Topic: 2023-Repatriation of Refugees
Delegate Name: Andrew Dylenski
A refugee is defined as someone who has been forced to leave their home due to various causes such as conflict, persecution, and global conflict. In 2022, the United Nations High Commissioner of Refugees(UNHCR) announced that the amount of displaced refugees has reached the 100 million mark, doubling its amount from the previous decade. Through both World Wars, the number of refugees skyrocketed and saw one of the greatest amounts of displaced people in the world. This mass displacement has bridged to many problems for the refugees such as increasing conflict and threatened human rights regarding levels of water, food, and shelter being provided. With 43.3 million refugees being children, this problem has a heavy toll on families. The neighboring countries of those who are facing conflict tend to get all of the refugees and that has a heavy effect on the nation’s supplies and has led to poverty. For example, Syrian refugees have fled to neighboring countries such as Turkey and Lebanon where jobs are being taken and wages being lowered. While the UNHCR and other refugees have made some efforts internationally, such as the 404,000 refugees who have returned to their homes, there needs to be a bigger push from countries and organizations worldwide to really fix the problem. The HRC, partnering with the UNHCR, must find a way to uphold human rights for refugees while proposing a repatriation process that involves returning those displaced either to their home country or a different safer community if theirs is in conflict.
In 2023, Brazil had a total of 603,905 refugees in their country from surrounding areas. The country has an open-border policy where it takes in refugees and provides them with food and shelter. Venezuela’s political and socio-economic situation has led to around 460,000 migrants coming to Brazil. The country’s Operation Welcome is a program through the government where refugees are able to come in through Roraima and Amazonas and are given humanitarian assistance and documentation related to the cities if their country of origin is not safe to return to. Recently, Brazil also established a humanitarian visa policy it will take in refugees from countries that are holding a lot; Refugees from Afghanistan and other countries of conflict have started to appear in strong numbers in the country. The Brazilian federal government has been working on the process they will take to support new refugees who are coming in. For example, with the Venezuelan conflict happening, the Federal Emergency Assistance Committee and other authorities have been working on a response to refugees that ensures documentation and registration of the refugees, the provision of humanitarian items such as food, water, and shelter, and the integration of the various refugees into communities where they will be provided education and shelter. There are still speculations surrounding the process of returning these refugees to their country of origin when it is deemed safe.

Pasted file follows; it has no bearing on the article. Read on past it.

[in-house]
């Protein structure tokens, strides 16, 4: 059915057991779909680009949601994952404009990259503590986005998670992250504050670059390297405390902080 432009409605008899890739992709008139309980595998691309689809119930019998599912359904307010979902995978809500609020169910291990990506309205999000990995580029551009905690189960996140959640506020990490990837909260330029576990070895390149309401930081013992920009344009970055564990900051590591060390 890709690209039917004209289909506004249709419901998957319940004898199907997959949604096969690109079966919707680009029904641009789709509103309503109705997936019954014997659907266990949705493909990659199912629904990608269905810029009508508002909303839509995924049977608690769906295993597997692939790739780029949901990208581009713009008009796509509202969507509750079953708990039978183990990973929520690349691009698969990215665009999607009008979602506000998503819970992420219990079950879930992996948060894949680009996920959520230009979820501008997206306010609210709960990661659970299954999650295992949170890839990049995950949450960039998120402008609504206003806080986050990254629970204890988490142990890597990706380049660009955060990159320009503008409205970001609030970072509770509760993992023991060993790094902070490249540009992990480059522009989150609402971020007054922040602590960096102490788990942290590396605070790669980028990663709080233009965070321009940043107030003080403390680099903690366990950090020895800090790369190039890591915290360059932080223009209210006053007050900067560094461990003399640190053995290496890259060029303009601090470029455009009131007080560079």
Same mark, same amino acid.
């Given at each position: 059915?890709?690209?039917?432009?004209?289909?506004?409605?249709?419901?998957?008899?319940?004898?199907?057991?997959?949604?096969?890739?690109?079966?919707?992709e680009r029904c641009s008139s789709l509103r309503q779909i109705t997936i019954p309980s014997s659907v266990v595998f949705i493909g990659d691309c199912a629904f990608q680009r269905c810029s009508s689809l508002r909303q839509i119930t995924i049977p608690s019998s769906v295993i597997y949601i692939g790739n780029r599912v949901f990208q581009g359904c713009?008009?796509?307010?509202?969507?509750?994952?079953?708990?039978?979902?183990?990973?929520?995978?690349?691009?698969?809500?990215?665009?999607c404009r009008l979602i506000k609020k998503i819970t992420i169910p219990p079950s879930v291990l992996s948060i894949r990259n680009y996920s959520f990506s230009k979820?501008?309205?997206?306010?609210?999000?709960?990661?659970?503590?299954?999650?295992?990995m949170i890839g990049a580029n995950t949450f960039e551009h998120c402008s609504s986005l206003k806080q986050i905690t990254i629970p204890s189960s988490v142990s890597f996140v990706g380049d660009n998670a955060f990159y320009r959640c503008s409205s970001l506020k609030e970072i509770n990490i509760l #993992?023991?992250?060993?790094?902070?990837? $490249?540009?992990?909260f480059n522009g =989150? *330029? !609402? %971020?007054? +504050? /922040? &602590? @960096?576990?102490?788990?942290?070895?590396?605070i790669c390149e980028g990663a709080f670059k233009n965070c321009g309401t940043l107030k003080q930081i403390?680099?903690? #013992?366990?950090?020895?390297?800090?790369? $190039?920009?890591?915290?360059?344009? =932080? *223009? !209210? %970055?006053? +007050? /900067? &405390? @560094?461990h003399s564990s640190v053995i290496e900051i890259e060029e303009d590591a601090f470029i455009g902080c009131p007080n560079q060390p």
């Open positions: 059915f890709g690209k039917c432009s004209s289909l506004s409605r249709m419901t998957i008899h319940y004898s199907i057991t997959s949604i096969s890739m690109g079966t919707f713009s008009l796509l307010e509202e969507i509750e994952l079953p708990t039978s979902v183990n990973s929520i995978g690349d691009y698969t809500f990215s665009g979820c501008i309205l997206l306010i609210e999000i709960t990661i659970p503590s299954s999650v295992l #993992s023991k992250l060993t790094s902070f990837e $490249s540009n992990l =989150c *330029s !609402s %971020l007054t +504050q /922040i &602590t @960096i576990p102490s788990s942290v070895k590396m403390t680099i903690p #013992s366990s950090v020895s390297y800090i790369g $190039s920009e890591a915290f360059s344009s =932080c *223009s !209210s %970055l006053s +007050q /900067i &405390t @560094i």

The resettlement and reintegration of refugees into their country of origin or a community where they will be safe is a main priority of the HRC. Voluntary repatriation of refugees allows citizens to return to their country of origin if they want to. In order to return them to the country, UNHCR would have to analyze if the country is safe to return to, how they are gonna be transported, and where they are gonna live. Resettlement is another topic that has to be addressed as many of these refugees do not have anywhere to live. The Sustainable Resettlement and Complementary Pathways Initiative(CRISP) is a mechanism that works with countries to educate trainers and get assistance to provide protection and a secure place to live for these refugees. Governments should be given funding and assistance to help support community sponsorship and complementary pathways that will be provided to the refugees who require extra assistance and health care.